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Items: 20

1.

Obesity

Obesity means having too much body fat. It is different from being overweight, which means weighing too much. The weight may come from muscle, bone, fat, and/or body water. Both terms mean that a person's weight is greater than what's considered healthy for his or her height. . Obesity occurs over time when you eat more calories than you use. The balance between calories-in and calories-out differs for each person. Factors that might affect your weight include your genetic makeup, overeating, eating high-fat foods, and not being physically active. . Being obese increases your risk of diabetes, heart disease, stroke, arthritis, and some cancers. If you are obese, losing even 5 to 10 percent of your weight can delay or prevent some of these diseases. For example, that means losing 10 to 20 pounds if you weigh 200 pounds. NIH: National Institute of Diabetes and Digestive and Kidney Diseases.  [from MedlinePlus]

MedGen UID:
18127
Concept ID:
C0028754
Disease or Syndrome
2.

Obesity

MedGen UID:
368429
Concept ID:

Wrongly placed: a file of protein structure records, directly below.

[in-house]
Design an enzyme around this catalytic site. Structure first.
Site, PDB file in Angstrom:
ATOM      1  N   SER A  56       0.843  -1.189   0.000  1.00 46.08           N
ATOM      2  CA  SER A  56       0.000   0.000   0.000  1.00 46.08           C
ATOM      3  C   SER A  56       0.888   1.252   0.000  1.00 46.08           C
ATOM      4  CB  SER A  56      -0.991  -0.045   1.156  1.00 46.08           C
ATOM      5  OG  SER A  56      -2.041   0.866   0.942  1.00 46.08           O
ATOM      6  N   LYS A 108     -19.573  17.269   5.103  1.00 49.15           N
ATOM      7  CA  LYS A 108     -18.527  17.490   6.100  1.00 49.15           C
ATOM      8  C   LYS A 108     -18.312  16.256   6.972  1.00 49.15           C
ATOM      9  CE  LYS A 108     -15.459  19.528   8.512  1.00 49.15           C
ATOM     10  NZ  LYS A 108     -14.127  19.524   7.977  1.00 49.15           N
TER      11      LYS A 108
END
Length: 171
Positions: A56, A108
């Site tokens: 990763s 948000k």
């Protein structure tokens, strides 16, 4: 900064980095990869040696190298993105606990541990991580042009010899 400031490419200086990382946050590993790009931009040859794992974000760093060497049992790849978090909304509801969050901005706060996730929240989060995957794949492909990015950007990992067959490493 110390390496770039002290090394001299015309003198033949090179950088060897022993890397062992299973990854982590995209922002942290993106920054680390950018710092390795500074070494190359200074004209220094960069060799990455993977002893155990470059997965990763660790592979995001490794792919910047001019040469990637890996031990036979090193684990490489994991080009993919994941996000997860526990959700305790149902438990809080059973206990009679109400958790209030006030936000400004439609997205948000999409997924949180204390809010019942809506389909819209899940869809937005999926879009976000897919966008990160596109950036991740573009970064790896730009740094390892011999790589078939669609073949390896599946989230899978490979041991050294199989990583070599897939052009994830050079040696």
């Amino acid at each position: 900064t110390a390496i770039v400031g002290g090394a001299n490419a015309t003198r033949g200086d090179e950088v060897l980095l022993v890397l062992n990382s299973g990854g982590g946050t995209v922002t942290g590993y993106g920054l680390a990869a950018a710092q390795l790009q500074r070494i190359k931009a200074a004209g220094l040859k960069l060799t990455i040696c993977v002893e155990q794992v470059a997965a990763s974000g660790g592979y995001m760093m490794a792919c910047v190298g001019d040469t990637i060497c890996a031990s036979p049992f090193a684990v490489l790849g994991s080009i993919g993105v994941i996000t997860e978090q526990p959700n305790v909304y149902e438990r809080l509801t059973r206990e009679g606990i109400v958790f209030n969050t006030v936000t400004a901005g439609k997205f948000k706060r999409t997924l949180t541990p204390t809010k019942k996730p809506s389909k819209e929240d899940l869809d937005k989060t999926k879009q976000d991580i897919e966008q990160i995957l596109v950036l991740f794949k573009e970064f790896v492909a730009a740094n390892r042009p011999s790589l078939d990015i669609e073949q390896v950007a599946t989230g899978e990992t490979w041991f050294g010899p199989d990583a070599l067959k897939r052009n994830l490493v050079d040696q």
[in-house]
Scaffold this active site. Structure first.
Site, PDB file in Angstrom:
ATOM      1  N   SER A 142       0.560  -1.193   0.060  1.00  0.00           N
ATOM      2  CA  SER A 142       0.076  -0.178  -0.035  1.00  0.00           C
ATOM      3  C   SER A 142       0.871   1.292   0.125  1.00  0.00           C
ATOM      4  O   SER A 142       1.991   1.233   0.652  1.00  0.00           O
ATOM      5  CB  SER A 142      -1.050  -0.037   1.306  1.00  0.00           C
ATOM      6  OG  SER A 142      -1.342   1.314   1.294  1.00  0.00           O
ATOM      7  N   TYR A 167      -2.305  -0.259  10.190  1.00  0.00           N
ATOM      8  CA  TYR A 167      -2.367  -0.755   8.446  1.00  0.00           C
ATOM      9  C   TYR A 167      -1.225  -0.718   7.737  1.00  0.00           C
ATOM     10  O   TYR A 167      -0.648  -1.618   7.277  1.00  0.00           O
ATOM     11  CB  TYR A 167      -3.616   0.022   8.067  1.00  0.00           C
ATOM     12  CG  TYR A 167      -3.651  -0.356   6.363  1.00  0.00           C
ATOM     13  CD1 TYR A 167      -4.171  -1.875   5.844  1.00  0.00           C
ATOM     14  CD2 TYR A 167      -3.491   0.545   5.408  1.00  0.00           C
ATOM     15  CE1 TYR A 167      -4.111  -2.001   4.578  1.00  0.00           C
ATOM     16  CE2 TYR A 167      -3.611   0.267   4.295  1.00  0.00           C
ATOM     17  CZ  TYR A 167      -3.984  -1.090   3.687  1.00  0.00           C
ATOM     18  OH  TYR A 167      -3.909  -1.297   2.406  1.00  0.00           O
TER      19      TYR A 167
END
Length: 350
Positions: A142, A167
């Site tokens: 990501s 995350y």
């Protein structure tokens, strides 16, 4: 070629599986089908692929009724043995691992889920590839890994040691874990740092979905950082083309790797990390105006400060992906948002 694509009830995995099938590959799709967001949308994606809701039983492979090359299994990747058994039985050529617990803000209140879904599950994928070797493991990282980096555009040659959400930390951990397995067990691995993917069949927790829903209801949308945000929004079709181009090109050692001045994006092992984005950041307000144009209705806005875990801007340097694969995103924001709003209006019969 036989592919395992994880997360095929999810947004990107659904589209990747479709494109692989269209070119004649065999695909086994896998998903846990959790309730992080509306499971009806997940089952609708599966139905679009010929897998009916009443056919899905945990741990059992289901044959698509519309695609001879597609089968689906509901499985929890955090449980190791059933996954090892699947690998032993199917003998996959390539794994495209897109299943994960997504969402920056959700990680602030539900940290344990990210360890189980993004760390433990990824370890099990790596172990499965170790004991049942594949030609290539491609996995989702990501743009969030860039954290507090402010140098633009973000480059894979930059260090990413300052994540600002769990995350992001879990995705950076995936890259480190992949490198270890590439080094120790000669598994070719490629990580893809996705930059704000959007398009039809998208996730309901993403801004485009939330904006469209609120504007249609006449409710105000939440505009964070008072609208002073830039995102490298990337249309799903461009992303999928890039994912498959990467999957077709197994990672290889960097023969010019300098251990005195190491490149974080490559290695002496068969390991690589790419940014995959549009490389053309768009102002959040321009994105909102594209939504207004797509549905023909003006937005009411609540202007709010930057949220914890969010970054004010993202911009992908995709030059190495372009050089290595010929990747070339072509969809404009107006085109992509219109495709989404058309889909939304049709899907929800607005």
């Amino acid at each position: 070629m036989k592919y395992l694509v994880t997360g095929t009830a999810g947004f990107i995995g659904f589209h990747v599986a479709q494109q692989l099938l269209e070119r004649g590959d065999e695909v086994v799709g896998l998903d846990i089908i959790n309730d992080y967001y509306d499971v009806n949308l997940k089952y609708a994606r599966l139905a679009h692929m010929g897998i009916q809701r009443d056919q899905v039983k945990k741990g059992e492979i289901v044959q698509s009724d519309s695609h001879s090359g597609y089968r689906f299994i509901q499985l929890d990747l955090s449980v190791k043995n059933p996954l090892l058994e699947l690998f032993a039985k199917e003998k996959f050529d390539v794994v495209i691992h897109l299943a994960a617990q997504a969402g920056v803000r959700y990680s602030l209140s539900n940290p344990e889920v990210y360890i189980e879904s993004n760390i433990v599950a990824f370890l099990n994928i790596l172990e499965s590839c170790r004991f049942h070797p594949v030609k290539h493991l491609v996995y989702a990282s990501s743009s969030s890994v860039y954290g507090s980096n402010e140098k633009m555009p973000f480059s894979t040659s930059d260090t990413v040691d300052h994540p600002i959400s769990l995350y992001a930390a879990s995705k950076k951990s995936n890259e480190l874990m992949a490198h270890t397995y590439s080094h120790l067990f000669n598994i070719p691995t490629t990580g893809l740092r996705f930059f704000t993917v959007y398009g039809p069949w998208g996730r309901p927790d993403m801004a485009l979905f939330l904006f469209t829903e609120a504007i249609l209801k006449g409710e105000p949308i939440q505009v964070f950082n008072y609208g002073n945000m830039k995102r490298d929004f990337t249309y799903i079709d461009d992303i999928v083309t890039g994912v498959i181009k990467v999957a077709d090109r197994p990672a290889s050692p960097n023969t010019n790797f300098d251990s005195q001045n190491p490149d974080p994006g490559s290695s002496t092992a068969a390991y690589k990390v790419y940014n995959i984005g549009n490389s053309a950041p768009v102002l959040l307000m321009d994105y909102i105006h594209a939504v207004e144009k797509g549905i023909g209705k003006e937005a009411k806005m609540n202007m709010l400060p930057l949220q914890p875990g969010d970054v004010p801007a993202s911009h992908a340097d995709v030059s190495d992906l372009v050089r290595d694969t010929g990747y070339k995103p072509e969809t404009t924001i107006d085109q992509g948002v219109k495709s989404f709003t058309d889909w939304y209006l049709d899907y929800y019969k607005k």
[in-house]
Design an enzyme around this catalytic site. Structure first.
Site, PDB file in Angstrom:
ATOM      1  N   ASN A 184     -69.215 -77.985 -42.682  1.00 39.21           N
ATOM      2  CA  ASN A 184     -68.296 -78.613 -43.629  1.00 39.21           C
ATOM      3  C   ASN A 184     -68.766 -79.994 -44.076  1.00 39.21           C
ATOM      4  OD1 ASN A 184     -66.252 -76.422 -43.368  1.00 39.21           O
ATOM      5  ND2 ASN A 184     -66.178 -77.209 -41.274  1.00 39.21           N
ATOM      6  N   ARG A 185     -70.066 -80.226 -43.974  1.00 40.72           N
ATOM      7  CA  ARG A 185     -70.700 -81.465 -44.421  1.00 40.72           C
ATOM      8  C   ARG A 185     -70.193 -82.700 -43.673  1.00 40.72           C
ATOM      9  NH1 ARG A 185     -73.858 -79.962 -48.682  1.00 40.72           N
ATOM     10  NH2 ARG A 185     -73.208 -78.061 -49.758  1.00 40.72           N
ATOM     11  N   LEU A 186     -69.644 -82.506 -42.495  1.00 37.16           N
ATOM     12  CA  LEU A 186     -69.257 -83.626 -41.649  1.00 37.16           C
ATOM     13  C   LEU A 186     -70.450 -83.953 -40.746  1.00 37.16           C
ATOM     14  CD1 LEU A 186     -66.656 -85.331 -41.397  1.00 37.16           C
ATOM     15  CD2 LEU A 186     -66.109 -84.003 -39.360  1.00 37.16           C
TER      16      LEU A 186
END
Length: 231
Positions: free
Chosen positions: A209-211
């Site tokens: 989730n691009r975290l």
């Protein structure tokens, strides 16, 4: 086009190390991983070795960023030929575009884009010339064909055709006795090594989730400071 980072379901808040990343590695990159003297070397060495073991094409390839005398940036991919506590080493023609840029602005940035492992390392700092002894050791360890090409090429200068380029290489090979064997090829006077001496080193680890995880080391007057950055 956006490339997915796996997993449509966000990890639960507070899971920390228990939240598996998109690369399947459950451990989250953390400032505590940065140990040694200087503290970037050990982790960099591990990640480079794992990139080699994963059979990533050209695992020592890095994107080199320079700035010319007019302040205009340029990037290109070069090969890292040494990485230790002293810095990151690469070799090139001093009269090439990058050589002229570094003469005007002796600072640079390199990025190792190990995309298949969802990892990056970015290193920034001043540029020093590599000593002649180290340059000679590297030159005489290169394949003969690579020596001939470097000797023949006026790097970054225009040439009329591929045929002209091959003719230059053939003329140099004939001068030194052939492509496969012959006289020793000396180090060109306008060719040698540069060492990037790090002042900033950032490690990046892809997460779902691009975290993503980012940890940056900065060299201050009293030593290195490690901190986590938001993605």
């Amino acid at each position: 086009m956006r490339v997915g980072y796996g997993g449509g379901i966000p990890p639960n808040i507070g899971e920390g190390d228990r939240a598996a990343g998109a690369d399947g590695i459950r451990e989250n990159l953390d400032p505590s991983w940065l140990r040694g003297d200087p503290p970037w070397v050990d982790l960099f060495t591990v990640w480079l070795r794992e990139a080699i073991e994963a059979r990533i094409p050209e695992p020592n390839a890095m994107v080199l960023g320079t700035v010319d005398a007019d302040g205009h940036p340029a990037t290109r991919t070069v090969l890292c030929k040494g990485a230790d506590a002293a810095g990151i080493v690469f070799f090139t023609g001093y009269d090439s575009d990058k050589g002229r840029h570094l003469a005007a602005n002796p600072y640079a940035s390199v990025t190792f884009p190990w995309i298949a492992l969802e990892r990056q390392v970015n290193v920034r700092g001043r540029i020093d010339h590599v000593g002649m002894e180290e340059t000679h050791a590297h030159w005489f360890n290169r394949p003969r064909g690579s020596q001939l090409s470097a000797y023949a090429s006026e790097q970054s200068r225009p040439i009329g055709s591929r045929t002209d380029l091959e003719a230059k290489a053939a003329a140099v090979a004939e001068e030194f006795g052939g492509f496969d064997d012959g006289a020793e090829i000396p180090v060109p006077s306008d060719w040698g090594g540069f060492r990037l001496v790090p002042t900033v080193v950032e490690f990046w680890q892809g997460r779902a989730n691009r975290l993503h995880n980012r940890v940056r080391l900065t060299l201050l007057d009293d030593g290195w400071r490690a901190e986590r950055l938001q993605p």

C1963185
Finding
3.

Mass of body structure

A benign or malignant pathologic structure in any part of the body, resulting from a neoplastic accumulation of cells, inflammatory cells, or cystic changes. [from NCI]

MedGen UID:
108287
Concept ID:
C0577559
Finding
4.

Fat

The glyceryl esters of a fatty acid, or of a mixture of fatty acids. They are generally odorless, colorless, and tasteless if pure, but they may be flavored according to origin. Fats are insoluble in water, soluble in most organic solvents. They occur in animal and vegetable tissue and are generally obtained by boiling or by extraction under pressure. They are important in the diet (DIETARY FATS) as a source of energy. (Grant & Hackh's Chemical Dictionary, 5th ed) [from MeSH]

MedGen UID:
5132
Concept ID:
C0015677
Organic Chemical; Pharmacologic Substance
5.

Leptin

a substance produced by fat cells and involved in the regulation of appetite [from CHV]

MedGen UID:
81112
Concept ID: